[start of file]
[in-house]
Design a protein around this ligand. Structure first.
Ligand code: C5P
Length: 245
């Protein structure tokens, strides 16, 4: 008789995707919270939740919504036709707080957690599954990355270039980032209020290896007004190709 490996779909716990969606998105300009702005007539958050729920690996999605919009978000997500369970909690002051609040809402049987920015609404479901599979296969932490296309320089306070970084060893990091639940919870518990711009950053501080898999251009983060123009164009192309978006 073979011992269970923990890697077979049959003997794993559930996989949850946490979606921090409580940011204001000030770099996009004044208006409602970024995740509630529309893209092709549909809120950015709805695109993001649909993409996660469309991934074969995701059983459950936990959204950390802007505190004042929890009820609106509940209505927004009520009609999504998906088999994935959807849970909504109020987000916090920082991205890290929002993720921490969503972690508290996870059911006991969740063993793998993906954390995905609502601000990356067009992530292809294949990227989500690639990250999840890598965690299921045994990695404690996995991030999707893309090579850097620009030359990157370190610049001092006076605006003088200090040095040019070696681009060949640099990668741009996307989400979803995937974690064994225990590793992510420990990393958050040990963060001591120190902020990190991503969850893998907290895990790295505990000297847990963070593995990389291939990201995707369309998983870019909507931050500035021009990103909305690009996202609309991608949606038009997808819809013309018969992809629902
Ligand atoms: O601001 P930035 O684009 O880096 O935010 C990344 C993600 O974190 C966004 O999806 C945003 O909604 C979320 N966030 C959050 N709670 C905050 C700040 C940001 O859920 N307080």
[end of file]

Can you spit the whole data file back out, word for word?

[in-house]
Design a protein around this ligand. Structure first.
Ligand code: C5P
Length: 245
């Protein structure tokens, strides 16, 4: 008789995707919270939740919504036709707080957690599954990355270039980032209020290896007004190709 490996779909716990969606998105300009702005007539958050729920690996999605919009978000997500369970909690002051609040809402049987920015609404479901599979296969932490296309320089306070970084060893990091639940919870518990711009950053501080898999251009983060123009164009192309978006 073979011992269970923990890697077979049959003997794993559930996989949850946490979606921090409580940011204001000030770099996009004044208006409602970024995740509630529309893209092709549909809120950015709805695109993001649909993409996660469309991934074969995701059983459950936990959204950390802007505190004042929890009820609106509940209505927004009520009609999504998906088999994935959807849970909504109020987000916090920082991205890290929002993720921490969503972690508290996870059911006991969740063993793998993906954390995905609502601000990356067009992530292809294949990227989500690639990250999840890598965690299921045994990695404690996995991030999707893309090579850097620009030359990157370190610049001092006076605006003088200090040095040019070696681009060949640099990668741009996307989400979803995937974690064994225990590793992510420990990393958050040990963060001591120190902020990190991503969850893998907290895990790295505990000297847990963070593995990389291939990201995707369309998983870019909507931050500035021009990103909305690009996202609309991608949606038009997808819809013309018969992809629902
Ligand atoms: O601001 P930035 O684009 O880096 O935010 C990344 C993600 O974190 C966004 O999806 C945003 O909604 C979320 N966030 C959050 N709670 C905050 C700040 C940001 O859920 N307080």